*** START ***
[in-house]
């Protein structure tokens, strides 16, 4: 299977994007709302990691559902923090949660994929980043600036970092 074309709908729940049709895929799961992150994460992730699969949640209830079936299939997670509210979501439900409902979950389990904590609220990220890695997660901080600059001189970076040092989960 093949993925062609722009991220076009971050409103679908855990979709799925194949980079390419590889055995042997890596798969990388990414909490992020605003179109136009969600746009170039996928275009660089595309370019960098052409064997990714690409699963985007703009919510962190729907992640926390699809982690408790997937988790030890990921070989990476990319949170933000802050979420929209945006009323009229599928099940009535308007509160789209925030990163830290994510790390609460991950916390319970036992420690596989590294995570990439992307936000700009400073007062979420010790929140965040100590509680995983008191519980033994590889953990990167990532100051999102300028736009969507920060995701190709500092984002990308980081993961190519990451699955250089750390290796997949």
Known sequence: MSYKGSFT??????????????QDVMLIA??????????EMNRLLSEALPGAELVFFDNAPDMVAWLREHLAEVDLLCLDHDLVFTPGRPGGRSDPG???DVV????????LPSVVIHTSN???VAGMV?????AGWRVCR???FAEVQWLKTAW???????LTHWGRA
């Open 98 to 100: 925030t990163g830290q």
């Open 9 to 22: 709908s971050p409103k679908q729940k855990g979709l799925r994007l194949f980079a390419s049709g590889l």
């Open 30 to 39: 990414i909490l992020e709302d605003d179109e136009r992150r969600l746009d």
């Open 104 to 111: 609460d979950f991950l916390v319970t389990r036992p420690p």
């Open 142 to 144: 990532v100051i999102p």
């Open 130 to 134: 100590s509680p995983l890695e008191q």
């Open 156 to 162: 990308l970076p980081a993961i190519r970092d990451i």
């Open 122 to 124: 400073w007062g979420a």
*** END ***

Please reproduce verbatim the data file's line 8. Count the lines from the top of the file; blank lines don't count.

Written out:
């Open 142 to 144: 990532v100051i999102p």